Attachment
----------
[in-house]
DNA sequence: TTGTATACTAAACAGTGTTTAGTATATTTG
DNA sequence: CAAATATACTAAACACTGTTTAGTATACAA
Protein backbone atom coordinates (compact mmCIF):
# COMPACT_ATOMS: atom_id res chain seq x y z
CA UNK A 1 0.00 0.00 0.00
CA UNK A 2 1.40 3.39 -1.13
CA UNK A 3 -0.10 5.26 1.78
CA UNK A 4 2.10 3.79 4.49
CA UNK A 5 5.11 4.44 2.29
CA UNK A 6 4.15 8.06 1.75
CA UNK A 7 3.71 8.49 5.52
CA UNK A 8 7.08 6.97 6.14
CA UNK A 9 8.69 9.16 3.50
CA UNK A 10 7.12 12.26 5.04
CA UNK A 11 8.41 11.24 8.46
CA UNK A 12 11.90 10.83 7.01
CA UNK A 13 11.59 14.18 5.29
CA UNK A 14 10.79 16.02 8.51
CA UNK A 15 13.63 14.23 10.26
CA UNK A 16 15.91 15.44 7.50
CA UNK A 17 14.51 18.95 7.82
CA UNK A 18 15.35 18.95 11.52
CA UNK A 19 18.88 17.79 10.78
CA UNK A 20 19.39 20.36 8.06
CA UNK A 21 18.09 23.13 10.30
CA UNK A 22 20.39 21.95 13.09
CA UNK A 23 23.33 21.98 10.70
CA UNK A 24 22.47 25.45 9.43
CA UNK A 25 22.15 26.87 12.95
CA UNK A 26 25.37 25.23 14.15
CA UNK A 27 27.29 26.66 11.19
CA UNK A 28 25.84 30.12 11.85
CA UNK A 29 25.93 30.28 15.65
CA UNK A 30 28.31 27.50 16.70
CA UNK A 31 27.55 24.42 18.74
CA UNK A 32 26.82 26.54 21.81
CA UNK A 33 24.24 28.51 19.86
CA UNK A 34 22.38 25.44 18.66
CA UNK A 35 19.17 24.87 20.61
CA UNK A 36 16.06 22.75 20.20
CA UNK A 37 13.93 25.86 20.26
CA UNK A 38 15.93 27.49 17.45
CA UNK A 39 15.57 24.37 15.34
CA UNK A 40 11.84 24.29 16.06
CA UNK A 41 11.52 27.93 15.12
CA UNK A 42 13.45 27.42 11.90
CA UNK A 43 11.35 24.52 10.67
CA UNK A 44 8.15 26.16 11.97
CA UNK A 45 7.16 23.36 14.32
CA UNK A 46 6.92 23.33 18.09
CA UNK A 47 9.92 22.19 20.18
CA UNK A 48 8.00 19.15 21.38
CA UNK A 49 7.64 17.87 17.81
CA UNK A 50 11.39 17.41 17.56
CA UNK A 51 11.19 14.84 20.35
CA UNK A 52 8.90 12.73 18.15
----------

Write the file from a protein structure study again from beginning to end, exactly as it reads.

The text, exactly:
[in-house]
DNA sequence: TTGTATACTAAACAGTGTTTAGTATATTTG
DNA sequence: CAAATATACTAAACACTGTTTAGTATACAA
Protein backbone atom coordinates (compact mmCIF):
# COMPACT_ATOMS: atom_id res chain seq x y z
CA UNK A 1 0.00 0.00 0.00
CA UNK A 2 1.40 3.39 -1.13
CA UNK A 3 -0.10 5.26 1.78
CA UNK A 4 2.10 3.79 4.49
CA UNK A 5 5.11 4.44 2.29
CA UNK A 6 4.15 8.06 1.75
CA UNK A 7 3.71 8.49 5.52
CA UNK A 8 7.08 6.97 6.14
CA UNK A 9 8.69 9.16 3.50
CA UNK A 10 7.12 12.26 5.04
CA UNK A 11 8.41 11.24 8.46
CA UNK A 12 11.90 10.83 7.01
CA UNK A 13 11.59 14.18 5.29
CA UNK A 14 10.79 16.02 8.51
CA UNK A 15 13.63 14.23 10.26
CA UNK A 16 15.91 15.44 7.50
CA UNK A 17 14.51 18.95 7.82
CA UNK A 18 15.35 18.95 11.52
CA UNK A 19 18.88 17.79 10.78
CA UNK A 20 19.39 20.36 8.06
CA UNK A 21 18.09 23.13 10.30
CA UNK A 22 20.39 21.95 13.09
CA UNK A 23 23.33 21.98 10.70
CA UNK A 24 22.47 25.45 9.43
CA UNK A 25 22.15 26.87 12.95
CA UNK A 26 25.37 25.23 14.15
CA UNK A 27 27.29 26.66 11.19
CA UNK A 28 25.84 30.12 11.85
CA UNK A 29 25.93 30.28 15.65
CA UNK A 30 28.31 27.50 16.70
CA UNK A 31 27.55 24.42 18.74
CA UNK A 32 26.82 26.54 21.81
CA UNK A 33 24.24 28.51 19.86
CA UNK A 34 22.38 25.44 18.66
CA UNK A 35 19.17 24.87 20.61
CA UNK A 36 16.06 22.75 20.20
CA UNK A 37 13.93 25.86 20.26
CA UNK A 38 15.93 27.49 17.45
CA UNK A 39 15.57 24.37 15.34
CA UNK A 40 11.84 24.29 16.06
CA UNK A 41 11.52 27.93 15.12
CA UNK A 42 13.45 27.42 11.90
CA UNK A 43 11.35 24.52 10.67
CA UNK A 44 8.15 26.16 11.97
CA UNK A 45 7.16 23.36 14.32
CA UNK A 46 6.92 23.33 18.09
CA UNK A 47 9.92 22.19 20.18
CA UNK A 48 8.00 19.15 21.38
CA UNK A 49 7.64 17.87 17.81
CA UNK A 50 11.39 17.41 17.56
CA UNK A 51 11.19 14.84 20.35
CA UNK A 52 8.90 12.73 18.15